Our commitment to global public health is central to our vision as a leading School of Public Health and Tropical Medicine. This commitment is evident in everything we do – from assisting with disaster recovery in Haiti, to training physicians locally and abroad in health care management, to informing the media about emergent threats in the environment, to improving the health of the Vietnamese community in New Orleans. It’s worthwhile to note that we are not conducting global public health simply by virtue of working abroad; rather, we demonstrate our commitment by addressing the myriad public health concerns that transcend boundaries; that impact populations across socio-economic status; that affect migrant and immigrant populations; that touch communities across the globe. The causes of global health issues are complex and interconnected. The solutions – which we take an active role to discover – require a similarly diverse, interdisciplinary approach.
It is this interdisciplinary approach that has lead us to consider the best ways to live out our global commitment to public health. Toward that end, the Departments of Health Systems Management and International Health and Development have begun exploring ways to expand their combined global impact by building on the traditions and strengths of both faculties under one banner. The two departments recently met in a retreat focused on joining forces to respond to the growing mandate for global public health education, research and leadership. Reorganization into one, globally focused department will result in new opportunities for students and faculty to play important leadership roles in global public health. We expect that joining these two robust departments will result in an even stronger one ready to take on the global health issues of our time as well as those we’ve yet to encounter.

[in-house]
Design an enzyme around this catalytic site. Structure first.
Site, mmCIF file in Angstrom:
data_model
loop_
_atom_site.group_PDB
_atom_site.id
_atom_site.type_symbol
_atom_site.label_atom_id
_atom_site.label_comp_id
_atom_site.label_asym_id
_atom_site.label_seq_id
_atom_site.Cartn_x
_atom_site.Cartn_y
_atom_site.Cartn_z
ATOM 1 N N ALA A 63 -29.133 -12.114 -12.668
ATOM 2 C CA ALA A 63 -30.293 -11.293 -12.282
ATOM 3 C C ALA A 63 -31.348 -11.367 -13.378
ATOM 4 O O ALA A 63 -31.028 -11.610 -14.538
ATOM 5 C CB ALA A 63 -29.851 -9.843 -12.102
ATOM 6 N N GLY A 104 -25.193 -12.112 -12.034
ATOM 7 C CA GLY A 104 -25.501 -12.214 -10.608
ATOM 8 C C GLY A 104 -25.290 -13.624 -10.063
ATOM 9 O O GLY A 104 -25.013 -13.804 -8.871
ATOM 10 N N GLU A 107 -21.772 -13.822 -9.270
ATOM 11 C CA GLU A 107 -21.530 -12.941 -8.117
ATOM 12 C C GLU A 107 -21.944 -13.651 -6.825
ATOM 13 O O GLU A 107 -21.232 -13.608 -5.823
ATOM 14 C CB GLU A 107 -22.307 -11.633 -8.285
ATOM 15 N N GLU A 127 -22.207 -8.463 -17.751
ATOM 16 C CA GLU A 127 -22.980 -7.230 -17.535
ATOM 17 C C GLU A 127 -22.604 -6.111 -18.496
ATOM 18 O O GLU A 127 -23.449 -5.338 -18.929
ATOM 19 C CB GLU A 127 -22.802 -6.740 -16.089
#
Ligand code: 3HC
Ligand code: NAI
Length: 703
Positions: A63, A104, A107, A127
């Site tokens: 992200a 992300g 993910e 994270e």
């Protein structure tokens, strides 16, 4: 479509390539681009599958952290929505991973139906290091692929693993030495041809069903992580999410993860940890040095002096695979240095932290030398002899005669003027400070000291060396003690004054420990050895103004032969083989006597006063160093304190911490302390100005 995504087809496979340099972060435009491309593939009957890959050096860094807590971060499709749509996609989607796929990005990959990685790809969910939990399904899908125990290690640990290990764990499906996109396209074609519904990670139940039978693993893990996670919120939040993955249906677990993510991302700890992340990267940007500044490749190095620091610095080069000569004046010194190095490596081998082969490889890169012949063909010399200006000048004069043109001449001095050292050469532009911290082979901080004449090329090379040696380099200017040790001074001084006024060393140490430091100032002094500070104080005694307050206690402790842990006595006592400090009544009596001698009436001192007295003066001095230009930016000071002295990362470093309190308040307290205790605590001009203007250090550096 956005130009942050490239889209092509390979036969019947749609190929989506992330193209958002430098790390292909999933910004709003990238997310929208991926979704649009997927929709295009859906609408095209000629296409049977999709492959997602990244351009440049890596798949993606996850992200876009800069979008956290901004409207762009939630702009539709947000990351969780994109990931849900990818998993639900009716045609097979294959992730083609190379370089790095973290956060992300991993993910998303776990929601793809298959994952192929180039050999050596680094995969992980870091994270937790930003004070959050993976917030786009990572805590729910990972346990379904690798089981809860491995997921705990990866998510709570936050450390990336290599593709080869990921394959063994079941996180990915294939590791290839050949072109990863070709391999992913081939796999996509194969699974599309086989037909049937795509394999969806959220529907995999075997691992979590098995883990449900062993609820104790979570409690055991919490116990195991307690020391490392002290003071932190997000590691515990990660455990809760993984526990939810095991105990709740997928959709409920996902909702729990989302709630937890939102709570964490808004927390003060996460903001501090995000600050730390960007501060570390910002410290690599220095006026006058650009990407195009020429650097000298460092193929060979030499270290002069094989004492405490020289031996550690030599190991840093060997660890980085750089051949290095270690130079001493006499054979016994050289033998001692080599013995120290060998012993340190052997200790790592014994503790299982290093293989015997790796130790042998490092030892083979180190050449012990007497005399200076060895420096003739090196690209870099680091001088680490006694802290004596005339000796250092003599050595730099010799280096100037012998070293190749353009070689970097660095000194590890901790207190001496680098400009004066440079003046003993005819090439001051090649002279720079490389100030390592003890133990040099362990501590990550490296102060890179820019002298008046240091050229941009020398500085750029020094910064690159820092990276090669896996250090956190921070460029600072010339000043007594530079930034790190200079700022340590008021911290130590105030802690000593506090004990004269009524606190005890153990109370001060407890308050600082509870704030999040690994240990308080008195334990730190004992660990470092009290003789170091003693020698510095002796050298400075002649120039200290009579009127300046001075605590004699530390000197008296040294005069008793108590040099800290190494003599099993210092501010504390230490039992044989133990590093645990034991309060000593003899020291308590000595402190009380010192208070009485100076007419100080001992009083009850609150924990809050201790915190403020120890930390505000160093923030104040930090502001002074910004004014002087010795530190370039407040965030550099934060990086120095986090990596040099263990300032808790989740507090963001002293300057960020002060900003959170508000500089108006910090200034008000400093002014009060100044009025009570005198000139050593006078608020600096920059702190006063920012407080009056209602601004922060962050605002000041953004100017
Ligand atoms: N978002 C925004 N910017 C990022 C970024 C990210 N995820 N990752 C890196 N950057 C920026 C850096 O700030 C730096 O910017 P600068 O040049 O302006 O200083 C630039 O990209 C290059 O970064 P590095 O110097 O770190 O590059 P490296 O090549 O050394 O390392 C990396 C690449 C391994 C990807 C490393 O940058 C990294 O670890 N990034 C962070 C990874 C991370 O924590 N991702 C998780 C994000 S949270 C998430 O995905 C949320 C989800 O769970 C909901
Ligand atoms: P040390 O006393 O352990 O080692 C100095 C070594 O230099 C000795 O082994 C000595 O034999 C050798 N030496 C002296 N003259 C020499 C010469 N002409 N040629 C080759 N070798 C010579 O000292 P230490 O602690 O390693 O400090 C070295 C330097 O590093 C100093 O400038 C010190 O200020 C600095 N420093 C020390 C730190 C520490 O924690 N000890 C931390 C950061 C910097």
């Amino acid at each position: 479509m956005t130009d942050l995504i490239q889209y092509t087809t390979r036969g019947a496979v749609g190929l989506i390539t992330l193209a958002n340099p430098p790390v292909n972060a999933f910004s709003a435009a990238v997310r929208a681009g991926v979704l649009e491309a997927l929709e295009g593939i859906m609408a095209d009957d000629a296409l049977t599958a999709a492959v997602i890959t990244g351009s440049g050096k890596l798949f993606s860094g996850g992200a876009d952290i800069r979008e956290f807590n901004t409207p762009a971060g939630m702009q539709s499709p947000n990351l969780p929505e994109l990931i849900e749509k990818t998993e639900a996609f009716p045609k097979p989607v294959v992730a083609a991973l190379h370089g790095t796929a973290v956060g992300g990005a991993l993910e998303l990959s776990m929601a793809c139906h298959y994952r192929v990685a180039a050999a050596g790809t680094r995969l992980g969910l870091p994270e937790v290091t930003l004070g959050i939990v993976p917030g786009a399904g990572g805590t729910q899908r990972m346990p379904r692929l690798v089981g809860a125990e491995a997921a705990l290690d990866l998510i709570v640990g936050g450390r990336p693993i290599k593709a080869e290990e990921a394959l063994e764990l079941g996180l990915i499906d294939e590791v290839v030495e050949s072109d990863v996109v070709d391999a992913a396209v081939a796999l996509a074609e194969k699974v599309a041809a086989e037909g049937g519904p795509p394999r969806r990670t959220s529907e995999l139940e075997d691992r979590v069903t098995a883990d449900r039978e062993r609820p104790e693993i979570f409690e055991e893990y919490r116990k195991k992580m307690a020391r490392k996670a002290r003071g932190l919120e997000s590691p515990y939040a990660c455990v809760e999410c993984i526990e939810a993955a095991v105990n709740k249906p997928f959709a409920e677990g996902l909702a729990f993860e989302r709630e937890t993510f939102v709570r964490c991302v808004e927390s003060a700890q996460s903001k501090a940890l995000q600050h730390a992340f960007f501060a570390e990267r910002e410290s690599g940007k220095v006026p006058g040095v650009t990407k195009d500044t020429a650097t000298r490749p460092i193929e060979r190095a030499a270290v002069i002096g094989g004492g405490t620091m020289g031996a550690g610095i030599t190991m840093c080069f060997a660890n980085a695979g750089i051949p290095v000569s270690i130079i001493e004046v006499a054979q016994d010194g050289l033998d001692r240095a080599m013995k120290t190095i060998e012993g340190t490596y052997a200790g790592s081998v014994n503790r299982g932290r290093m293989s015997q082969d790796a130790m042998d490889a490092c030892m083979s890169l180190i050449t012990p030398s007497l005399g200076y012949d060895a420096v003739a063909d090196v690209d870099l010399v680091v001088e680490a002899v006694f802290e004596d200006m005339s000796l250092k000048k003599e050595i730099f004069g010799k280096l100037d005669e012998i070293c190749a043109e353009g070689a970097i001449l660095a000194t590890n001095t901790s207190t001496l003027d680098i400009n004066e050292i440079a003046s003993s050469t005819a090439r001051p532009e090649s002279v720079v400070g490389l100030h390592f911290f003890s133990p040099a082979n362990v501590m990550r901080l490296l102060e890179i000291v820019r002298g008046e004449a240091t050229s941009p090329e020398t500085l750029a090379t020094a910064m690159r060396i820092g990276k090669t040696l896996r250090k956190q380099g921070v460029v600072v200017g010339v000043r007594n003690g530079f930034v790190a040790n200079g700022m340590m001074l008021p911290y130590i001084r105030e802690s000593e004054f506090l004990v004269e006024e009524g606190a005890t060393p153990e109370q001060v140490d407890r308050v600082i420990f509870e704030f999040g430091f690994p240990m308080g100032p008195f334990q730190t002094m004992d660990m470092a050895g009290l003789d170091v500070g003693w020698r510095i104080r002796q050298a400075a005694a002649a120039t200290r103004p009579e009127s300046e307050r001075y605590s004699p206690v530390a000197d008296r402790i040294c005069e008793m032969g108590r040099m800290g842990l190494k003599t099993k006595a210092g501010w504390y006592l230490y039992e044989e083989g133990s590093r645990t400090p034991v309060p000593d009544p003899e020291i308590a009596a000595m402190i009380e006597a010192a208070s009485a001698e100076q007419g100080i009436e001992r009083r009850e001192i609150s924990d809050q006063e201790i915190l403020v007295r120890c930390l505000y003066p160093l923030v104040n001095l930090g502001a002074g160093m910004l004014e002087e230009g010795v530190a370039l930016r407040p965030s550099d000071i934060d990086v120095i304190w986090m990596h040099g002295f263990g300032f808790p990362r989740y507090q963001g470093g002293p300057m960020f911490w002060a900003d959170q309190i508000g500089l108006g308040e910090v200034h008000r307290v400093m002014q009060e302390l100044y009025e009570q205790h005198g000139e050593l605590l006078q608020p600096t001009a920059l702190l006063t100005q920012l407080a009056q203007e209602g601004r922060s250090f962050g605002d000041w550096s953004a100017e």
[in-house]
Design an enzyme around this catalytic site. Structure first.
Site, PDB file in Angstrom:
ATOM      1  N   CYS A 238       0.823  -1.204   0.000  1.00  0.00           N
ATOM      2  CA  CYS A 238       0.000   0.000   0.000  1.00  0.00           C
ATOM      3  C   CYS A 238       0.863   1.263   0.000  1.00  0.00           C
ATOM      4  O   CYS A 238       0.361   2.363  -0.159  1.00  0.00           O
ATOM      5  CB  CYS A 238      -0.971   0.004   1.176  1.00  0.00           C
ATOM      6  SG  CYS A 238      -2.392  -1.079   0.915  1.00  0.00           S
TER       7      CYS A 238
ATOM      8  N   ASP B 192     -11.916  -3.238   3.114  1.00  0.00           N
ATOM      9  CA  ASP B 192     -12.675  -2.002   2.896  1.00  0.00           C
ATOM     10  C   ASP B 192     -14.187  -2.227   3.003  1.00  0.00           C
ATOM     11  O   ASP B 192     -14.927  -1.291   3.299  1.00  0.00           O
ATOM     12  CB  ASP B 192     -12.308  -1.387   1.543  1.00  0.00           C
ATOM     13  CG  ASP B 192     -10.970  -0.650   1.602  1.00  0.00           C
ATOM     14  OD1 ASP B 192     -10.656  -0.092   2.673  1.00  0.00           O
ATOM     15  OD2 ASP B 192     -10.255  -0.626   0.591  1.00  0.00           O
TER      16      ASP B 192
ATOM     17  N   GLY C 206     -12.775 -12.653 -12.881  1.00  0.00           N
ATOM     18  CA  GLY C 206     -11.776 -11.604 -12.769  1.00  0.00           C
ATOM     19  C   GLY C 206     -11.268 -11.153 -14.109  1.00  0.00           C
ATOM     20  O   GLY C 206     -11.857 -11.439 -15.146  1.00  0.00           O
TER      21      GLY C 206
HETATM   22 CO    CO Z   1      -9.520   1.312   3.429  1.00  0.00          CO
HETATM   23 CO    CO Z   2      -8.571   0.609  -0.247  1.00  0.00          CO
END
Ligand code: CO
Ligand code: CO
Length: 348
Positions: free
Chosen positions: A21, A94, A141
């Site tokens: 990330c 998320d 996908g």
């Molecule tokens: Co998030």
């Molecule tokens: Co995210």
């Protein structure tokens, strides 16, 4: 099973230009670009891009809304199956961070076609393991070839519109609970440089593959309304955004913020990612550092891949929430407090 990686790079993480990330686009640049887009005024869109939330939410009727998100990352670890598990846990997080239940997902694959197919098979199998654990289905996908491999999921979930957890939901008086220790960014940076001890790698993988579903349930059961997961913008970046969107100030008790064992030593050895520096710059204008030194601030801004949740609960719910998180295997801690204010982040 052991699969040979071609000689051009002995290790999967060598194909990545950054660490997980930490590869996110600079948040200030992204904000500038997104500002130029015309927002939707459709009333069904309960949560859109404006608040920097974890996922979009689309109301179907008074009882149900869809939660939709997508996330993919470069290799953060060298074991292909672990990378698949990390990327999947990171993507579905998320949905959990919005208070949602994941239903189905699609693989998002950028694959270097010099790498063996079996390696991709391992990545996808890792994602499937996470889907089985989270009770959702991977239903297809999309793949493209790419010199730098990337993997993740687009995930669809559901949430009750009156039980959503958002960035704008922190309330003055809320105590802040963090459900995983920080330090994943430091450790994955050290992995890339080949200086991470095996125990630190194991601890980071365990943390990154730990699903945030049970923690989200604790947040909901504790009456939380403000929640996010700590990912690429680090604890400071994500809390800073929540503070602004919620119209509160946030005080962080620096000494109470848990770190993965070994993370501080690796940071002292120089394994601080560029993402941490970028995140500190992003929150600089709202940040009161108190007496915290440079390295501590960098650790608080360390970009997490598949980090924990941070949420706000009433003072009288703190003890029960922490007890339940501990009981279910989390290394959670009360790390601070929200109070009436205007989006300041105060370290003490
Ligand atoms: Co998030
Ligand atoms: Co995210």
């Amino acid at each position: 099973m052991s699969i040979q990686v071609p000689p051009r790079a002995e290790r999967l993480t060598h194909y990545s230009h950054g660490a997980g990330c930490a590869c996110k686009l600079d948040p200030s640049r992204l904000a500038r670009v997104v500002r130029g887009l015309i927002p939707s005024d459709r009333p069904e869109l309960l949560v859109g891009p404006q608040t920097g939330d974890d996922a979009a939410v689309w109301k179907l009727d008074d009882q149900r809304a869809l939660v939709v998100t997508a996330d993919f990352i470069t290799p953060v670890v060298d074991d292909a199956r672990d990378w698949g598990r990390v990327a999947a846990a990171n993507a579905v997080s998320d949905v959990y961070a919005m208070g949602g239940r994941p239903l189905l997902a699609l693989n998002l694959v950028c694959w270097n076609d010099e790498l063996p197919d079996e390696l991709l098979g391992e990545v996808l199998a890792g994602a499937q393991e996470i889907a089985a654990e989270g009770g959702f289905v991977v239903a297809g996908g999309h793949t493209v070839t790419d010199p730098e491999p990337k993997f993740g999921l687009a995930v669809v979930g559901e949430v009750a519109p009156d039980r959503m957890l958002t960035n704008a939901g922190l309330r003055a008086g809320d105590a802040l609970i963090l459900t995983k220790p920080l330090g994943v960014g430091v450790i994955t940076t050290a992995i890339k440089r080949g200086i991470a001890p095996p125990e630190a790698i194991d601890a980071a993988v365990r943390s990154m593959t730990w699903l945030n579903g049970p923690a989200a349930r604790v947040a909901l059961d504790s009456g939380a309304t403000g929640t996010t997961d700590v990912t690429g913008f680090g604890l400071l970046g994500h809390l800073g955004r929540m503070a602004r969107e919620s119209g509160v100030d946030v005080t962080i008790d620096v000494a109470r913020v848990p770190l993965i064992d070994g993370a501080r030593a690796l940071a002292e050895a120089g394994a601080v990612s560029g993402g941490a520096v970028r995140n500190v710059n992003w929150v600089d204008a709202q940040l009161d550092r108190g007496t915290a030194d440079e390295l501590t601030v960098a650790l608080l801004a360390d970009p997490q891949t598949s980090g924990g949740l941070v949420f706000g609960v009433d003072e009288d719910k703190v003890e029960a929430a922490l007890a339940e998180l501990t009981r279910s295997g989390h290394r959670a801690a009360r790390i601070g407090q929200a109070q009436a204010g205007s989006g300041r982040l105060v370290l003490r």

As you can imagine, there is much work ahead. Charting a course to combine the strengths of two departments will be a process that will take some time. For those students who are on campus now or preparing to arrive this fall, rest assured that there will be no changes to the teaching programs in academic year 2010-2011.
I’m confident that under the leadership of Professor Jane Bertrand – who is uniquely qualified to plot this course – the faculty and staff involved will emerge with a plan that will honor all commitments to existing students and stakeholders, while helping to position our school as the leader in global public health research, teaching and service.
Pierre Buekens, MD, PhD